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The recent anniversary of the sealing of Magna Carta provides a helpful space in which to pause and take stock of the popular legitimacy of our political structures and institutions. As many have pointed out, the retrospective writing of history is evident in the Magna Carta’s mythic status.
Working together will be the big theme of the new few years if we are to meet social need effectively. A new configuration of dependency, independence and inter-dependence in services for the public (and with and by the public) will be necessary in which public money and resources provide the seeds for change and not the whole medicine.
The Social Value Act was born in unusual circumstances. As the former MP Tom Levitt recollects in his book, ‘Partners for Good’, the then new Conservative MP Chris White launched the Bill in October 2010.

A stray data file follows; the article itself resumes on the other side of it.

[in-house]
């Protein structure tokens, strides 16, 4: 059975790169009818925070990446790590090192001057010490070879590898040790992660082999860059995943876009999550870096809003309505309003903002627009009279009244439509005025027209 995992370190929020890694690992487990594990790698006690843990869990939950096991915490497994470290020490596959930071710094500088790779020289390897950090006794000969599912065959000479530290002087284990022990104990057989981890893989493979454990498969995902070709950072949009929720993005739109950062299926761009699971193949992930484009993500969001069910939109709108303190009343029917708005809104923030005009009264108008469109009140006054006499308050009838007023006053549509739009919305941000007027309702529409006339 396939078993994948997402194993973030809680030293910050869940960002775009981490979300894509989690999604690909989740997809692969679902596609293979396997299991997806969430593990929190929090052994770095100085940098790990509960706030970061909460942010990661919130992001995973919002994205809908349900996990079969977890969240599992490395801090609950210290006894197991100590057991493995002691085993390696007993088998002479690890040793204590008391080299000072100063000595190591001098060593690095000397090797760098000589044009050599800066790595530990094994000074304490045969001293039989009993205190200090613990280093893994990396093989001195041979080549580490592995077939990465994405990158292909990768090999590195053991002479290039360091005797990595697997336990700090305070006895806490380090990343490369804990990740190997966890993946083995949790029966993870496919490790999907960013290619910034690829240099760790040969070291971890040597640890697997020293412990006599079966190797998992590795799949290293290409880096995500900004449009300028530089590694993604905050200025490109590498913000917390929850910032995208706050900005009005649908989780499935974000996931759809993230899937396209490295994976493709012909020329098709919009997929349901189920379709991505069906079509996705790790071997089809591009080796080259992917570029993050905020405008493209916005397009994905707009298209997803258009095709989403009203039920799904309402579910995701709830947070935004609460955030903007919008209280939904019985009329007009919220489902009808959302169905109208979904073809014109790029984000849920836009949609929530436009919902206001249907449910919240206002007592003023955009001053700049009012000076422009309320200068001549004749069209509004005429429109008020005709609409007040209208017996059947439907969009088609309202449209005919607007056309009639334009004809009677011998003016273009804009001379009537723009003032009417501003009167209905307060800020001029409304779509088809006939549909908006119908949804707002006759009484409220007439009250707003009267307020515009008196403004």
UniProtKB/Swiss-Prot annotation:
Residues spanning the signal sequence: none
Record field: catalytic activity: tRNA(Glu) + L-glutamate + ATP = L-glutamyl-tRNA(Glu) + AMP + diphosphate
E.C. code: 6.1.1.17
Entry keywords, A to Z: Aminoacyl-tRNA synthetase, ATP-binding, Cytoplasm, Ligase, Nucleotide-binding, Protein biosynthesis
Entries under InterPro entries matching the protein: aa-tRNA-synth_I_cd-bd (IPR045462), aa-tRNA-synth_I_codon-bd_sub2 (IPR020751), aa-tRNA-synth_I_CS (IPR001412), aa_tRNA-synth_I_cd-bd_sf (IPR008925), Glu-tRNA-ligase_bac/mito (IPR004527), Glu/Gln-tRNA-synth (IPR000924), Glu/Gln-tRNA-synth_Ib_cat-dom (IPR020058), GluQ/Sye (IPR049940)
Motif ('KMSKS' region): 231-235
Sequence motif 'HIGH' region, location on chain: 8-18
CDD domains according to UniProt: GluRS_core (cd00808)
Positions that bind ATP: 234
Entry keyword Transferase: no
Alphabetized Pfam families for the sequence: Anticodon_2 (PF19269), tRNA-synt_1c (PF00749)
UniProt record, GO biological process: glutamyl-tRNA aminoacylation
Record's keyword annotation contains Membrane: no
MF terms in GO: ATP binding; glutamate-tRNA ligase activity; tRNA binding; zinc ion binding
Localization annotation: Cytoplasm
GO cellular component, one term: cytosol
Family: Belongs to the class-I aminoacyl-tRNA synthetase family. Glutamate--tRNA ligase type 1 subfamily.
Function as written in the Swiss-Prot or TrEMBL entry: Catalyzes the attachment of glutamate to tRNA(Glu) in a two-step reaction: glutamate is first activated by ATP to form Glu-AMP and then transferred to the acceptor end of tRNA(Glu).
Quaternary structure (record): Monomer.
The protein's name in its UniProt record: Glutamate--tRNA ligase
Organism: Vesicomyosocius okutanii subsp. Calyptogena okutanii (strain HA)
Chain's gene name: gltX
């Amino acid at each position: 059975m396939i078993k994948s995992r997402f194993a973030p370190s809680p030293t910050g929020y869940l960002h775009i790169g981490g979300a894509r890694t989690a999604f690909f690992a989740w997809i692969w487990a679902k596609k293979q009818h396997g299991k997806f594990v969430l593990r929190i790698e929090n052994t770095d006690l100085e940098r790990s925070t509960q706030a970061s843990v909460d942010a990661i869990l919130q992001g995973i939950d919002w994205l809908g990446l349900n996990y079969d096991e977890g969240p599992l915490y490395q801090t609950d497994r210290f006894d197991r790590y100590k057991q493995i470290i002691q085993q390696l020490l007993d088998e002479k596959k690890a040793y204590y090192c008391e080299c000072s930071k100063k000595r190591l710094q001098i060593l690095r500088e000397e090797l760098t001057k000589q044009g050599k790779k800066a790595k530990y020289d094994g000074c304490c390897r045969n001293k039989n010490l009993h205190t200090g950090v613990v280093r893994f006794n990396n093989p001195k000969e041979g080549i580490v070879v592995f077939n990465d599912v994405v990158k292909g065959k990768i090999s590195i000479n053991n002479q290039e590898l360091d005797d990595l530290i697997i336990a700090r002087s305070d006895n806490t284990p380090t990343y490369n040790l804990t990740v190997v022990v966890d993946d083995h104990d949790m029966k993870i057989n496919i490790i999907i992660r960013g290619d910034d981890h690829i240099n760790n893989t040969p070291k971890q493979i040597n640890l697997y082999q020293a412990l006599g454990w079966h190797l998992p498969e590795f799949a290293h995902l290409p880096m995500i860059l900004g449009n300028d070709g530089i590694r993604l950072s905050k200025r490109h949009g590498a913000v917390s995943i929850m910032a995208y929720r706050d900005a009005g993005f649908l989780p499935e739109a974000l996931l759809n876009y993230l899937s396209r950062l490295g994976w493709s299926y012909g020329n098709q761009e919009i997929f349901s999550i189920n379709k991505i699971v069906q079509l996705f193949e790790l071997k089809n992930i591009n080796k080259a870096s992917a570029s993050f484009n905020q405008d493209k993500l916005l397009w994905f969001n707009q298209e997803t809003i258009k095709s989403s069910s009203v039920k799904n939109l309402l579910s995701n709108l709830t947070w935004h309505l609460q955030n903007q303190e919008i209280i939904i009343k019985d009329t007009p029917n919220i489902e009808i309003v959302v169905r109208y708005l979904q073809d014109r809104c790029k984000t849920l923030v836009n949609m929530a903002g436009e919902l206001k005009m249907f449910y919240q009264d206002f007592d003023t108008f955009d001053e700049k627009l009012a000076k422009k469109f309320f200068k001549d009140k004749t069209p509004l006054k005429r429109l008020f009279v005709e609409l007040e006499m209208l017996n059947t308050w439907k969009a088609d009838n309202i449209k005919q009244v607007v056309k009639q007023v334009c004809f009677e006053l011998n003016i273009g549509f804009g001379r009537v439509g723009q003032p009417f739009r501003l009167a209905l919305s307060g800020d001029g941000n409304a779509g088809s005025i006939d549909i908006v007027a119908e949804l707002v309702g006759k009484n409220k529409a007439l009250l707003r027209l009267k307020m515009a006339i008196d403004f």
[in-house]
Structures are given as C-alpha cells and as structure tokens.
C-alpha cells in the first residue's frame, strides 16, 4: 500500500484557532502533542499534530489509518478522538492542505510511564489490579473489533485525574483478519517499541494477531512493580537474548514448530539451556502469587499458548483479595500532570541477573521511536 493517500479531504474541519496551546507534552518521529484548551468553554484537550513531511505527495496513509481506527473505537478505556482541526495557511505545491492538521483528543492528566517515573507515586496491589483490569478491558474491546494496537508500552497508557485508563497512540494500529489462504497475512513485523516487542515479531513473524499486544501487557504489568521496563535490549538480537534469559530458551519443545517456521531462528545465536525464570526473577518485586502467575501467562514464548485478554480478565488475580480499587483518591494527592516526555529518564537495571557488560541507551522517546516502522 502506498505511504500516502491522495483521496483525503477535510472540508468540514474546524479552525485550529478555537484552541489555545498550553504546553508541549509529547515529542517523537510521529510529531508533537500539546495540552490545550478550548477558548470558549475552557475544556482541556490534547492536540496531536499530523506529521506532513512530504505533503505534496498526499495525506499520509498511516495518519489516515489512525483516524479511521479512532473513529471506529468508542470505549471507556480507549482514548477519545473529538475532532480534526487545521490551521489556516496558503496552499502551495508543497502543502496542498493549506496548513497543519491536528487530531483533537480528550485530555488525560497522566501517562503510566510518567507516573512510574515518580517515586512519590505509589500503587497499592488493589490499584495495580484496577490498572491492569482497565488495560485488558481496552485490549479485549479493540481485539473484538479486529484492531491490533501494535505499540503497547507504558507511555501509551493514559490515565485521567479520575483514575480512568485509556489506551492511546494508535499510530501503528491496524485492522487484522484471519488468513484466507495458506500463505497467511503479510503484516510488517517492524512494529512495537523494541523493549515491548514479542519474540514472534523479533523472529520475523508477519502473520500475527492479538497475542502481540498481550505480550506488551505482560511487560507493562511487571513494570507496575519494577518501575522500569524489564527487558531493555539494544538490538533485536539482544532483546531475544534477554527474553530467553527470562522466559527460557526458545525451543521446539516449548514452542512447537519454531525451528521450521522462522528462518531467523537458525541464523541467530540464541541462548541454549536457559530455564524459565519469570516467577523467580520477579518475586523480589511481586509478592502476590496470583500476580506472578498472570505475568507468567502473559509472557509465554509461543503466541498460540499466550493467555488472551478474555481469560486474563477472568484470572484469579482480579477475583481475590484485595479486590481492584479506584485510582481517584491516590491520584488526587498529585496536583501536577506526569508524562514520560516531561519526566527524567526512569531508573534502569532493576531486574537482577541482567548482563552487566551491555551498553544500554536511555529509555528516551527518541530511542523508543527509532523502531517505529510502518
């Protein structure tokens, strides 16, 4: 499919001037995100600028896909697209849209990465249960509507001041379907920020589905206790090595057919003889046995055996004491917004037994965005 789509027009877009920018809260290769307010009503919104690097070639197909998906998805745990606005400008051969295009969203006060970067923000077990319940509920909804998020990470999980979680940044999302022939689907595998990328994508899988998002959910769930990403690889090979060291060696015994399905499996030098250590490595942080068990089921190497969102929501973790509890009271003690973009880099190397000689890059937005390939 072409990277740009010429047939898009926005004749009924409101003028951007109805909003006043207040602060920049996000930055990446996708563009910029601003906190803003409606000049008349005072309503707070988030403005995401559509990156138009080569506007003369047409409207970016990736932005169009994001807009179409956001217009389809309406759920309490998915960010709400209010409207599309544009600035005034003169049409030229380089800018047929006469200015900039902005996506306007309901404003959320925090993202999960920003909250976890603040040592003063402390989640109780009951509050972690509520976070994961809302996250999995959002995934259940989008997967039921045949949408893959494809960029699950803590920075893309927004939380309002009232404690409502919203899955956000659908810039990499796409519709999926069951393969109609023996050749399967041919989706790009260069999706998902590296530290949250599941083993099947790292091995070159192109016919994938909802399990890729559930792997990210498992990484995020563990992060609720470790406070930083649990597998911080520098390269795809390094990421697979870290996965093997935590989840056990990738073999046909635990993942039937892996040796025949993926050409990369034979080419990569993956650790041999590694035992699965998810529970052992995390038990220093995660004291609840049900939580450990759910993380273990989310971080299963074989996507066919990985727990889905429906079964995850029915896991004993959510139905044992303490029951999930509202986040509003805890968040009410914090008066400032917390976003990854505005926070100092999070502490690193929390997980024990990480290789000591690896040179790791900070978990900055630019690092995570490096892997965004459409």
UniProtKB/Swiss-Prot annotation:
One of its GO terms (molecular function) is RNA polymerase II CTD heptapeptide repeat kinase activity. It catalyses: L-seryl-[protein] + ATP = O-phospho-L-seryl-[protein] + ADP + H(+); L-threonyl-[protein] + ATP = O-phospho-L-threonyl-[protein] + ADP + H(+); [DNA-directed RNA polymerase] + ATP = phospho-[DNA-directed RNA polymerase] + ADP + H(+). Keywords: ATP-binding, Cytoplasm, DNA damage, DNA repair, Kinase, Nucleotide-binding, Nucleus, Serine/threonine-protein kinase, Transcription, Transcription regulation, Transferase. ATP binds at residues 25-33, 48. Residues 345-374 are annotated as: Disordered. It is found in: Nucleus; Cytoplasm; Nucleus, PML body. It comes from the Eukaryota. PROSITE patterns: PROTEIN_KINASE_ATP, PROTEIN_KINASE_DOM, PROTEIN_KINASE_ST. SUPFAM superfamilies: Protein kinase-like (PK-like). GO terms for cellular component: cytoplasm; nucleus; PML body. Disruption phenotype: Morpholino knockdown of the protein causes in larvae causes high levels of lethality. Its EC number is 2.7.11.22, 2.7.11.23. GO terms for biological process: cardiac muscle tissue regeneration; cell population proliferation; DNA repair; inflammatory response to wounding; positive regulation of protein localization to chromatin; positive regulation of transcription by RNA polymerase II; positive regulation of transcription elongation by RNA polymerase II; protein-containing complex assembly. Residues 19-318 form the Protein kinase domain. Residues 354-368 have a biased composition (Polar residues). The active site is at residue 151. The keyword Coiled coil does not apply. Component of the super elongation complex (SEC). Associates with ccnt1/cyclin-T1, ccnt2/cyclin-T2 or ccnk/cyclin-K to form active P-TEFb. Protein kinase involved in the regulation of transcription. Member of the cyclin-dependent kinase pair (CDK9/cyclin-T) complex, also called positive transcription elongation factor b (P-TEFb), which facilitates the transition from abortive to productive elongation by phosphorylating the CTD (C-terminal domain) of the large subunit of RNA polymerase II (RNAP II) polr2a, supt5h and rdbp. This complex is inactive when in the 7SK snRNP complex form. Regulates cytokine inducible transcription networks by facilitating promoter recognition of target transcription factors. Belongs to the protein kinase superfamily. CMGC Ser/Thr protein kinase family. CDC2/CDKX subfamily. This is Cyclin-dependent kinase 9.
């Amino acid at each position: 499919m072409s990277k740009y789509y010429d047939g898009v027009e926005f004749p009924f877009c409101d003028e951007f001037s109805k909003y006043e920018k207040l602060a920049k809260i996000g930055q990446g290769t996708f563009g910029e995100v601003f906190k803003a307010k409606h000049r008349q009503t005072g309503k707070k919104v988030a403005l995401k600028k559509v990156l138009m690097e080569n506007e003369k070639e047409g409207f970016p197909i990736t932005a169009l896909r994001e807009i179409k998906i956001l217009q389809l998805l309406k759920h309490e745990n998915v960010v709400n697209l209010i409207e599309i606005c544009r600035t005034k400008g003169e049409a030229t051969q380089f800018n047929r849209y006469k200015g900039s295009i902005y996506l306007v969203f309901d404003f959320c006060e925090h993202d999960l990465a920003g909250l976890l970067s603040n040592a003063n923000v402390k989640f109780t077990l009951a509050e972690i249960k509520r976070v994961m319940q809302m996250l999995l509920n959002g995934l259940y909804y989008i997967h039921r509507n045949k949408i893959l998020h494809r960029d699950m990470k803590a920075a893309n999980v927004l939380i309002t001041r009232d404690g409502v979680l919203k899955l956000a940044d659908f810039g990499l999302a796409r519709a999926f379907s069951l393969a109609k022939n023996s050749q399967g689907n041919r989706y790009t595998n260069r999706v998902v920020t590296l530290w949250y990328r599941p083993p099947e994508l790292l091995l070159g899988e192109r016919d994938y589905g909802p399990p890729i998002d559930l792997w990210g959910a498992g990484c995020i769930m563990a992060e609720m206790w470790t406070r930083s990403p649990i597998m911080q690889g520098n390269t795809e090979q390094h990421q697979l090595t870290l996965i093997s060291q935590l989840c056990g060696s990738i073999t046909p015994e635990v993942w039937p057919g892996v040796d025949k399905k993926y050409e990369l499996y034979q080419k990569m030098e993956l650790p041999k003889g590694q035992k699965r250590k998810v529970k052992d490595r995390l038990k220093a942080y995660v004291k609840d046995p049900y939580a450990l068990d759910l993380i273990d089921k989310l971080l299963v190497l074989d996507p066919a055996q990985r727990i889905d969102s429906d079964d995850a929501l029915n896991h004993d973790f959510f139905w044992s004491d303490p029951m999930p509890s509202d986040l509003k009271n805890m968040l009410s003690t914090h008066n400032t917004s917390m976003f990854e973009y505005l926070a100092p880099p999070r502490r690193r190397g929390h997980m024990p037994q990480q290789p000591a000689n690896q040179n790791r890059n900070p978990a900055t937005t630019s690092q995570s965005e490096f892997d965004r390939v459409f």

Whatever the outcome of the election, the challenge for any incoming government is clear. We need to find more effective ways to deliver public services that maximise the benefits to local communities, prevent problems and reduce future demand on services.
One of the more intriguing ideas to emerge from Cabinet Office under the Coalition government has been the resurrection of the concept of ‘The Crown’. Of course we’ve heard the rhetoric of joined-up government for decades now.
Last week, in London – one of the richest cities in the world – the Mayor announced a “Level 7 Warning” on air pollution. High levels of pollutants like NO2 and particulates fill the air, causing a perceptible haze in areas like St James’s Park.
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